19. Are any methods commonly used to mitigate real estate tax liability on acquisitions of large real estate portfolios? What is the general approach of the tax authorities in your jurisdiction to such schemes?

Real estate tax liability can be mitigated by purchasing the shares in a company that holds real estate. VAT can thereby be avoided in some cases.

20. Is value added tax (VAT) (or equivalent) payable on the sale or purchase of real estate? Who pays? What are the rates? Are there any exemptions?

VAT is payable on the sale or purchase of real estate, at a rate of 12% of the value of the real estate. The buyer must pay VAT to the seller if the seller is registered as a VAT payer, and to the state if the seller is not registered as a VAT payer.

21. Are municipal taxes paid on the occupation of business premises? Are there any exemptions?

There is no specific municipal tax on the occupation of business premises.

Property tax for corporate real estate is charged at 1.5% of the annual average book value of the real estate.

Land plots in populated areas are subject to land tax at a rate of KZT28.95 per square metre in Almaty, and KZT19.30 per square metre in Astana.

Climate change issues

22. Are there targets or incentives to reduce greenhouse gas emissions from buildings in your jurisdiction? Is there legislation requiring buildings to meet certain minimum energy efficiency criteria?

The Ecology Code imposes state measures for emissions reduction. These include:

  • Quotas for greenhouse gas emissions for subsoil users in the oil and gas, energy, mining, and chemical industries, and in agriculture and transport. They must be obtained where emissions of greenhouse gases exceed the equivalent of 20,000 tonnes of carbon dioxide per year.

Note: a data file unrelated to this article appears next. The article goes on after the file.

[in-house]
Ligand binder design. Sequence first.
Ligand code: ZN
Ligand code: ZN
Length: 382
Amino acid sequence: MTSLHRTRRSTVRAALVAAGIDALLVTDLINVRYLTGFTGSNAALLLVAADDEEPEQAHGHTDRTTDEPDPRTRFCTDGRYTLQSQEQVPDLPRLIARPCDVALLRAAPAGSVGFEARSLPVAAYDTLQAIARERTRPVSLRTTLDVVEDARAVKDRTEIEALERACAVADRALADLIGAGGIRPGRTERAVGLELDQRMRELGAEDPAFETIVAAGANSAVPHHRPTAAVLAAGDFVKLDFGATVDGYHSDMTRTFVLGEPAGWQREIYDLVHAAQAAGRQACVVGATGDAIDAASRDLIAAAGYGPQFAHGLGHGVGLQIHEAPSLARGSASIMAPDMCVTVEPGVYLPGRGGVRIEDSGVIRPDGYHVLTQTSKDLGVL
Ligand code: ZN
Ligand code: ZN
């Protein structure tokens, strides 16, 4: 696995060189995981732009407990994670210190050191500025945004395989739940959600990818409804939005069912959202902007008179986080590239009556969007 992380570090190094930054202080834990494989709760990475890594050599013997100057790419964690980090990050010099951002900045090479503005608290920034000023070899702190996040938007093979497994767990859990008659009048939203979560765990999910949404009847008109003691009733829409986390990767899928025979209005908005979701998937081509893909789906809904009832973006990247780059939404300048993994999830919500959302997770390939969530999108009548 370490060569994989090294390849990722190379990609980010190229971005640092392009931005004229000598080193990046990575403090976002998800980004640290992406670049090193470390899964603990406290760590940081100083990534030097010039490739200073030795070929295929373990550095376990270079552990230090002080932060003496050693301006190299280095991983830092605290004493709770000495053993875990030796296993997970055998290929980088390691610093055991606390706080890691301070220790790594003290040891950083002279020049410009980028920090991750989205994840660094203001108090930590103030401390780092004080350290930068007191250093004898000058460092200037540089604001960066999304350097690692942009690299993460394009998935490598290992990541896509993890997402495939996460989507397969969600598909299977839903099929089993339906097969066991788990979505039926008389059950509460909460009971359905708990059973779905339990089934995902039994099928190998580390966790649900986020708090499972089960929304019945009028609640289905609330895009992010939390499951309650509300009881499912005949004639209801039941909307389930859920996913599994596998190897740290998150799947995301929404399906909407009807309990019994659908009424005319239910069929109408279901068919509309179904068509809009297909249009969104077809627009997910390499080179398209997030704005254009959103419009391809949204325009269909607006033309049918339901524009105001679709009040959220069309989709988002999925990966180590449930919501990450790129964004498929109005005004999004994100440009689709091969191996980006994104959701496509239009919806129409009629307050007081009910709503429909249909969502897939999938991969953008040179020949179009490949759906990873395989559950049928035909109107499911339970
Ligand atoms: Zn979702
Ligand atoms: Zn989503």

• Market mechanisms for reducing emissions and absorption of greenhouse gases.
  • Management of natural users. Natural users are legal entities engaged in activities related to greenhouse gases that do not exceed the equivalent of 20,000 tonnes of carbon dioxide per year in the oil and gas, energy, mining, chemical, agricultural, transport, and housing and utilities sectors.

Existing buildings are managed by state authorities through state programmes for the repair of residential buildings. The programmes impose conditions for improving the energy efficiency of multi-family residential buildings.

Conditions for new buildings are based on the new Law on energy saving and energy efficiency. Projects to construct new buildings that consume energy provide for the compulsory use of:

  • Energy-saving materials.
  • Metering devices for energy.
  • Automated systems to regulate heat consumption.

New multi-apartment houses must include:

  • Energy-saving materials.
  • Installation of house devices that account for thermal energy.
  • Door-to-door metering of electricity, cold and hot water, and gas.
  • Instruments to control heating systems.
  • Automatic heat consumption control systems.

The construction of energy consuming buildings without appropriate devices to account for energy resources and automatic heat consumption control systems is not allowed.

There are also the following rules approved by the government:

  • Resolution of 11 September 2012 1181 on establishing the requirements for energy performance of buildings, structures and their elements that are part of walling.
  • Resolution dated 13 September 2012 1192 on requirements for energy conservation and efficiency requirements before design and/or project (design estimate) buildings documentation and structures.

23. Are provisions relating to the energy efficiency of buildings commonly included in contracts for the sale of real estate or in leases (for example, green leases)?

Corporate real estate sale contracts and leases do not commonly include energy efficiency provisions.